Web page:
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Q&A with Cydni Alexander (Memphis '17)

We recently had a chance to sit down with Corps Member Cydni Alexander and learn more about her and her experience as a teacher and proud TFA Memphis alum.

Cydni Alexander (Memphis '17) in front of her 4th grade classroom sign

March 2, 2023

Cydni Alexander grew up on the west side of Chicago, Illinois and is a proud Chicagoan. She received her Bachelor’s from DePauw University in Greencastle, Indiana and then applied for Teach For America. Cydni applied her junior year and got denied. It was her mother and a Teach For America recruiter from Nashville who pushed her to apply again.

"I applied and Memphis was in my top three. I heard so much about Memphis from my dear friend and TFA Memphis Alum, Arion Clanton. I accepted to come to Memphis and I have not left. I love Memphis, Mane," said Cydni.

What have you learned about yourself in your time being a teacher?

The thing that I have learned in my time as a teacher is that it is okay to not have it all at once. My first year was the hardest year of my life because I truly wanted to have it all. I wanted my students and I to master all the standards, have amazing classroom management, be involved in the community I served and still try to have a social life. However, I achieved none of what I wanted my first-year teaching and I beat myself up for it.

At a summer professional development, another teacher told me “If you had it all, you would not be here, you would not be here. Be patient and grow every year. It is the same thing we tell our kids”.

What she said stuck with me and every year from that day, I pushed myself to learn something new that would benefit me inside and outside of the classroom. I do not exhaust myself like I did my first year, I learn what I can. Anything that I learn, I teach to others who want to learn as well.

How do you involve families in your students' education?

I grew up in an economically disadvantaged neighborhood just like my students in Chicago. Fortunately for me, my mother knew most of the education laws and regulations and could assist me with anything that I needed. Unfortunately, the families I grew up with did not know education laws and regulations and could not assist their children who desperately needed help. This, and my mother, pushed me to not only educate my students but also their families.

If I know that a student needs an IEP or any educational services, I make sure to teach my families exactly what they need to know. I also check in with my families monthly about their children’s progress and keep them informed. Today, I still assist some of my first-year families with their other children and the problems they face in schools. I see so many of my peers and their families in the families I serve today. I want to be the help that my peers and their families never received.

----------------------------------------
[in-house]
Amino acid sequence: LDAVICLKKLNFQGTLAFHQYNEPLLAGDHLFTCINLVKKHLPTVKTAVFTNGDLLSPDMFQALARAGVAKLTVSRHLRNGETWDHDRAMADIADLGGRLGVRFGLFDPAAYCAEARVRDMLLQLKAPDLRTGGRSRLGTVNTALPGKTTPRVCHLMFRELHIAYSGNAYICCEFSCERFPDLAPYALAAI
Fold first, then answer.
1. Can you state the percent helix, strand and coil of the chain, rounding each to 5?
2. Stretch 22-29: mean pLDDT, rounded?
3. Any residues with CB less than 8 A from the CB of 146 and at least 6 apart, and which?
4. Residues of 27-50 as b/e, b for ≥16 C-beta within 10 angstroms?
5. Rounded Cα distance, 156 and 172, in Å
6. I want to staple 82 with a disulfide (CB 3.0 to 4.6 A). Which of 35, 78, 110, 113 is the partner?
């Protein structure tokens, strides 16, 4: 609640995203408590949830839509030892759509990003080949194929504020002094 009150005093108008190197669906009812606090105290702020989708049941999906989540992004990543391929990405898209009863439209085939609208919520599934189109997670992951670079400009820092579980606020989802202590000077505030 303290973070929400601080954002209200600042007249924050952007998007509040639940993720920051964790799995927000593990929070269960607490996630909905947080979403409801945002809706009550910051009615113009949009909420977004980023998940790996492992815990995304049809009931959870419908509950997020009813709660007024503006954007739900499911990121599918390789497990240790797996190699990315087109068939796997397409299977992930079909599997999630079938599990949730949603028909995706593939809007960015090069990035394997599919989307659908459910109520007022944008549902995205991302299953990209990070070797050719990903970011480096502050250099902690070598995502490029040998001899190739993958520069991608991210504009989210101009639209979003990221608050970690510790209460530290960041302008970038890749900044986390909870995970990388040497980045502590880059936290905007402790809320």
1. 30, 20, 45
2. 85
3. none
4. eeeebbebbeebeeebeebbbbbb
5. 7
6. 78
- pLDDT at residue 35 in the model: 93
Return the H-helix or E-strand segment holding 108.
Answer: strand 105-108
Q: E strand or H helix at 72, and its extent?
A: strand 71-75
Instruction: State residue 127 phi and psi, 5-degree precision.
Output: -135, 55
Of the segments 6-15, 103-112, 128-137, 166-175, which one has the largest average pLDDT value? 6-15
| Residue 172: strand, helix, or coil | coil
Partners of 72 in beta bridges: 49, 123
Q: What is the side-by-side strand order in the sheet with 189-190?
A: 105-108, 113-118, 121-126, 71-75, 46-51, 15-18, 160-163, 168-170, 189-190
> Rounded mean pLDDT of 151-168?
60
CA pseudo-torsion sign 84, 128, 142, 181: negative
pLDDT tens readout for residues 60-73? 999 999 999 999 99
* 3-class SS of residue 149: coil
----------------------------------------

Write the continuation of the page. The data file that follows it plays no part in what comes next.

If someone were to come into your classroom, what would they see?

If someone were to come into my classroom, they would see a very engaged classroom. They would see my students and I laughing and correcting my mistakes. My students would also say, “Mistakes are okay. You got this.” It is the same thing I tell them when they make a mistake.

They would also see so many hands in the air to answer questions and to read the passages aloud. There are also occasional “yell-outs'' because my students are impatient and just want me to know that they know the answer. I just smile or laugh and tell them “That was rude, raise your hand” but, I love their enthusiasm. You will see students working with each other and having discussions about the passage and pulling evidence to support their answers. You will see me circling around the room and facilitating conversations. My students do most of the heavy lifting in their education.

What is the biggest advice you would share with people who are interested in becoming teachers?

My advice to those who aspire to be teachers is that this takes HEART work. There is a major difference between HEART work and hard work. Hard work is achieving your goals by any means necessary. Heart work is putting others before yourself and choosing the right thing to do every time. Heart work is helping others achieve their goals, so you align your goals with their goals. Your entire heart has to be in teaching. Their life, their future and goals are yours and you have to help them just as you would help yourself. When working in a grinding like MEMPHIS, pour your heart into work just like the people here do. This is my only advice to aspiring teachers.

What can we find you doing in your free time?

In my free time, you can catch me shopping. I love going to Carriage Crossing or Wolfchase. I love going to the different places to eat around Memphis. I can’t lie, the wings in Memphis are top tier. You can also find me supporting my students’ sports games on the weekends. I love being that fired up teacher in the stands and my students love when I come to support them. They talk about it forever! My absolute favorite thing to do is to watch Memphis sunsets. I like to go to Mud Island or Shelby Park Farms and watch the sunsets. They are the most beautiful here. I felt even more grief when I discovered that I share the same passion for the Memphis sunsets as Tyre Nichols. I wished he were to experience more of this Memphis beauty.

Cydni Alexander (Memphis '17) helping a student at their desk